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The Origin of Man’s Best Friend


It seems there is one historical friend of man whose ancestral origins have never been fully understood: the canine. While scientists have been found the oldest known doglike fossils on the European continent, there have been DNA tests predating theses fossils indicating an Asian or Middle East origin for dogs. Now thanks to an unprecedented massive study by scientists on the origins of dog, it would seem as though Europe can now claim it. Fossils tested from some 19,000-32,000 year old canines proves the case.

From Wolf to Spot

Scientists agree nearly across the board that the wolf is the original version of the domesticated dog. It has been known for some years now that in prehistoric human civilization, wolves tended to attempt to position themselves near human encampments, most likely in search of leftover food, scraps, and other waste. As the wolves spent more and more time nearby to humans, their behavior eventually adjusted to the presence of humans, thus making the wolves tamer and on the path to domestication. As the wolves changed their behavior, human beings began to look on the wild wolf differently, eventually attempting to domesticate them in to service for activities such as hunting or security.

European Dog Fossils

The scientific effort put forth recently to better understand where the domestication of wild wolves into what we now consider pets for the home began in earnest last year, with their findings being published by the journal Science.In this study, scientists collected more than 18 individual wolf and dog-like species that dated back to as many as 36,000 years ago. The fossils were collected from select geographical locations across the world and then used to test against dog DNA samples from modern times. The breeds tested included basenji, golden retriever, cocker spaniel, and four wild coyotes.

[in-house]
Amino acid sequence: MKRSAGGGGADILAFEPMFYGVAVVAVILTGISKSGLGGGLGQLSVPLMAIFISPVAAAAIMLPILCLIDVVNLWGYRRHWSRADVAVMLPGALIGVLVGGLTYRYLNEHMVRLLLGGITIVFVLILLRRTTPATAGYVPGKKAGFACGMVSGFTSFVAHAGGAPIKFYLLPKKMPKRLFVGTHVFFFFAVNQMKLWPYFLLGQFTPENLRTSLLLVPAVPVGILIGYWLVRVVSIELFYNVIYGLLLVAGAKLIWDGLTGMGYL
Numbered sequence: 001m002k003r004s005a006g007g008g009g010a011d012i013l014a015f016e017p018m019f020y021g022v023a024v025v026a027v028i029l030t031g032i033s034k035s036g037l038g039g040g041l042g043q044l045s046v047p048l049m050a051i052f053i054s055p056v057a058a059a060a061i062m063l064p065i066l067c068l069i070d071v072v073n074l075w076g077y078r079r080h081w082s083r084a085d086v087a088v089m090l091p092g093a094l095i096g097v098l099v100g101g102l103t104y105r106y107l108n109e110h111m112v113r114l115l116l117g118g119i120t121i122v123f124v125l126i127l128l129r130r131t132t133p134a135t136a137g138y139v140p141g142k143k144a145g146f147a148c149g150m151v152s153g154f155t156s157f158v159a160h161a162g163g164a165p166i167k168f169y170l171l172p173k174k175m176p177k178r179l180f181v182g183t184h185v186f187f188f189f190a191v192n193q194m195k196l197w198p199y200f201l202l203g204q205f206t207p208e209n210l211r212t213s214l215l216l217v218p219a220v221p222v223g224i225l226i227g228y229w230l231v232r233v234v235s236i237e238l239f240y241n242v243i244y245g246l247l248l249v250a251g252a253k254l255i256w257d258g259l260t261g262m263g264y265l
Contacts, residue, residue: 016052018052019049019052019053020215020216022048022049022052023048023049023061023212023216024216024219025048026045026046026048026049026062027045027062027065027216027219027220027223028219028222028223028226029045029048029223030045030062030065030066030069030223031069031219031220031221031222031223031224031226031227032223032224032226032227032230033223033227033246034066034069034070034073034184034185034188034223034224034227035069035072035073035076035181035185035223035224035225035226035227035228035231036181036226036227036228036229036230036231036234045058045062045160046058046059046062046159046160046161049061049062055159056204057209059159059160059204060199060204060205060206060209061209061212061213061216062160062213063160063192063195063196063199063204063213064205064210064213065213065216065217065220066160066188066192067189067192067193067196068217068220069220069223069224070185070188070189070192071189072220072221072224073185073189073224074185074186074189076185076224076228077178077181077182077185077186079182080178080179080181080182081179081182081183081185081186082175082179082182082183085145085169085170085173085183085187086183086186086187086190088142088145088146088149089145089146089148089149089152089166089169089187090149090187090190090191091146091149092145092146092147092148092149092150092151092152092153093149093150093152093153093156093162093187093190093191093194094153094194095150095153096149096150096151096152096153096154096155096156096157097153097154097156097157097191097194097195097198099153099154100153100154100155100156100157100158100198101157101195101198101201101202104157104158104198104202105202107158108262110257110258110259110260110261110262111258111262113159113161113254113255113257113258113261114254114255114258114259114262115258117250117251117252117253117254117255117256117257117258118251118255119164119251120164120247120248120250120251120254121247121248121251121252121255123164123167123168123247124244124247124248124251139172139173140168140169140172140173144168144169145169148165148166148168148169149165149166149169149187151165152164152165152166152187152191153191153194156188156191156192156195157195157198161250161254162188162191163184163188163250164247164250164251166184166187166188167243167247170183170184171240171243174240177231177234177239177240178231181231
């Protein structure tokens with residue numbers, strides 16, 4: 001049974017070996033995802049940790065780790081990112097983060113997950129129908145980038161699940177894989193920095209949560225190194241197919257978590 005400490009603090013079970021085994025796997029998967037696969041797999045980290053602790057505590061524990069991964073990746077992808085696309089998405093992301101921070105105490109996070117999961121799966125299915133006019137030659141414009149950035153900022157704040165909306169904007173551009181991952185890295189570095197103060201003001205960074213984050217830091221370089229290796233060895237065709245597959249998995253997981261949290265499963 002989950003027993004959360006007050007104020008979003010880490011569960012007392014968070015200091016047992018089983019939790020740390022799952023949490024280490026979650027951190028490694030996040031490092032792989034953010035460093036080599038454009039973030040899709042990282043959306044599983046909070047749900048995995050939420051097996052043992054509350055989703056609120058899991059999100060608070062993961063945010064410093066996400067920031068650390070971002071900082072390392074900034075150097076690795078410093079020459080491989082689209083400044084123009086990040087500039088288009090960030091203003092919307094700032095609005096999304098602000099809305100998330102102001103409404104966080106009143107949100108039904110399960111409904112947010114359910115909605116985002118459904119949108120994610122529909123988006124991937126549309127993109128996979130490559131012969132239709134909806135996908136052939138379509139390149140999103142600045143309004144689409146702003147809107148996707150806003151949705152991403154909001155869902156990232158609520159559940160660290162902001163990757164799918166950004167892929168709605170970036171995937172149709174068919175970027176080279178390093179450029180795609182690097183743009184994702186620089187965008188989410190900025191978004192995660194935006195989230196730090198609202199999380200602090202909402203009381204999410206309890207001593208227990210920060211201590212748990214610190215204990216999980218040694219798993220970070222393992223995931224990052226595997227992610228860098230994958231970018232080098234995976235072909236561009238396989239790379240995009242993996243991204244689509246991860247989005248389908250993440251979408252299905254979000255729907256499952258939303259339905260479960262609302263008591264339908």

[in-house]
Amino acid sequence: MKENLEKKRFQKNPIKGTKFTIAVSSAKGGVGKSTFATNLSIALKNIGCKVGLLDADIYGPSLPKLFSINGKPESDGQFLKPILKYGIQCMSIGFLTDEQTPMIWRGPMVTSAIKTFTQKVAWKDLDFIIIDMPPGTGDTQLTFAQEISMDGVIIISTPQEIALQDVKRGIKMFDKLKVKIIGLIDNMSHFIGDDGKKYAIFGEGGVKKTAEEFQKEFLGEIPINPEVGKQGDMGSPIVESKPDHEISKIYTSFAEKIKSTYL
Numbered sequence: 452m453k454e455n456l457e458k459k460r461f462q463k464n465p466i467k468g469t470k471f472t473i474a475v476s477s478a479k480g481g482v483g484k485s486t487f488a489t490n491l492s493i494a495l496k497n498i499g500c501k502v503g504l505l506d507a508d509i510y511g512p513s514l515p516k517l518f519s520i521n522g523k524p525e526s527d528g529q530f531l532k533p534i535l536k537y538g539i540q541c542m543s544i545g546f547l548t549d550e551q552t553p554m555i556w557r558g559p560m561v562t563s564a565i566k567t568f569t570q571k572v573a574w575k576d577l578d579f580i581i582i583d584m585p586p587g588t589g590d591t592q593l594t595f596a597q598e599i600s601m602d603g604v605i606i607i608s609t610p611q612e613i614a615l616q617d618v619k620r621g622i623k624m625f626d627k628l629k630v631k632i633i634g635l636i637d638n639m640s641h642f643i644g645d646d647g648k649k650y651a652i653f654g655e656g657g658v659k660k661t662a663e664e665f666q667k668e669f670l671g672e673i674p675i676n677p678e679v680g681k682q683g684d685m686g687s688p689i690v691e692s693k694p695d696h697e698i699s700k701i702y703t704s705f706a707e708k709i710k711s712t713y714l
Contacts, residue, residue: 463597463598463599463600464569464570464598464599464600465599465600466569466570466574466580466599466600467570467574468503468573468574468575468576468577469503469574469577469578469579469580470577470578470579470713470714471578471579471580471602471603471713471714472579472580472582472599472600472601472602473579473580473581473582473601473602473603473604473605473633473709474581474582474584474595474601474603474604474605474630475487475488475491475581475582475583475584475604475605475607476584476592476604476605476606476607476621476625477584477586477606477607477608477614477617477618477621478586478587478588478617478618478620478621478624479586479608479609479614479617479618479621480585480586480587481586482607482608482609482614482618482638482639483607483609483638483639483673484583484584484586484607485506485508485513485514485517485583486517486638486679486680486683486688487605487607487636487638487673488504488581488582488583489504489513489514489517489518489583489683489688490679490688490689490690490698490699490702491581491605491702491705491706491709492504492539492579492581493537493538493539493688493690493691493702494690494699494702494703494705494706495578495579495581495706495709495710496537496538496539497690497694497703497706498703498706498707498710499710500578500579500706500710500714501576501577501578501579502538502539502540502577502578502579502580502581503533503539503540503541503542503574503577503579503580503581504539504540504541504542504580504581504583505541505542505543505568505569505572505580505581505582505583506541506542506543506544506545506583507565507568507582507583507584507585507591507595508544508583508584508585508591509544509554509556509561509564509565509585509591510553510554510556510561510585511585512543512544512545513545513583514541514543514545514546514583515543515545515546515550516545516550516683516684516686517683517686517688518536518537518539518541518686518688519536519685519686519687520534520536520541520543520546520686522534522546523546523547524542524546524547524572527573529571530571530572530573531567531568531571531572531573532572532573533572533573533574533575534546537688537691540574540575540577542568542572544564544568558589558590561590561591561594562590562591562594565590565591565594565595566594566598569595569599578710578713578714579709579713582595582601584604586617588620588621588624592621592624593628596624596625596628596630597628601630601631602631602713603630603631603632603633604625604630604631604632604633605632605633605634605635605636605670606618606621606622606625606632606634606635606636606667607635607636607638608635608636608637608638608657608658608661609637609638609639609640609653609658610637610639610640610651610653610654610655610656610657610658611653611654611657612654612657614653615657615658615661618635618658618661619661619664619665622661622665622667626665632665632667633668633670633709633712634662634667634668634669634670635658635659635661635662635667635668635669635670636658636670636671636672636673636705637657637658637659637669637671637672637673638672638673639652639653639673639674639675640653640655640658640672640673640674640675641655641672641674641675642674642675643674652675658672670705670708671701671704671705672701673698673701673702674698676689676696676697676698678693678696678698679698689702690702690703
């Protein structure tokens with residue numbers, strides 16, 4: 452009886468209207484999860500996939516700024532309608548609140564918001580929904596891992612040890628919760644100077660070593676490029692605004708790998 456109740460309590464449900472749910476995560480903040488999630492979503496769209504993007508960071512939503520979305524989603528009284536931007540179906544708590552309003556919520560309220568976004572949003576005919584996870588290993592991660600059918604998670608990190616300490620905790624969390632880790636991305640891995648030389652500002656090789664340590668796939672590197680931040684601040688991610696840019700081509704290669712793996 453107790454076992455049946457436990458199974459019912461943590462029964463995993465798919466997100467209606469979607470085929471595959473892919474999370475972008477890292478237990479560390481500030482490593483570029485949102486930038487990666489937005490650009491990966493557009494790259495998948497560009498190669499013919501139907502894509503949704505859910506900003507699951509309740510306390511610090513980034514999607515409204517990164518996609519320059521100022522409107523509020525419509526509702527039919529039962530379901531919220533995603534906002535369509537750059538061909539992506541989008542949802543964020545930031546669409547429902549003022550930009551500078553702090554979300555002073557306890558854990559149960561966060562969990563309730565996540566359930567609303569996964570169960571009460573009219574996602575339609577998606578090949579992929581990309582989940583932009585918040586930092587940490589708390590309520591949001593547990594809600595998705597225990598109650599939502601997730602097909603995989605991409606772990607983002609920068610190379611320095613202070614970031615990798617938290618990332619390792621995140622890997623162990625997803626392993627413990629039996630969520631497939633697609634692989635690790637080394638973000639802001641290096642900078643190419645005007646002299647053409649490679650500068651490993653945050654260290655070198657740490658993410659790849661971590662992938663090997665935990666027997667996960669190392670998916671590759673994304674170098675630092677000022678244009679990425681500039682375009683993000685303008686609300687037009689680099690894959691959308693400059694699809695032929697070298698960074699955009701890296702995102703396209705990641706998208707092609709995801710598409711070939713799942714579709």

The results of the testing of the fossils was not resolute in its determination as to the exact location for where dogs came from. There resulted in essence three theories, all which based their reasoning on the latest genetic testing. The most likely theory probed is that the modern dog came from what is now Europe, and was domesticated for use in hunting.

Why So Much Interest in Dogs?

Many outside the scientific world may question the reasoning for using such sophisticated DNA testing simply to examine to evolution of the modern dog. It’s a viable argument that this testing is a little overkill in the attempt to understand man’s best friend. However, the importance of dogs in nearly every culture and country on the planet defies the theory that somehow dogs are not important. Nearly every society on the planet in some way or another has used domesticated dogs throughout their existence in modern times.

As far back as ancient civilizations ruling China or the Egyptians, domesticated dogs have always enjoyed a place in history right next to their masters. There exists no single other animal species which has been carried through time as man has developed more and more complex and modern societies. The rulers of ancient kingdoms had domesticated dogs which resided in the home, much as modern presidents of most any nation on earth. Understanding the origins of canines is an important step in understanding a part of history that is also the story of human evolution.

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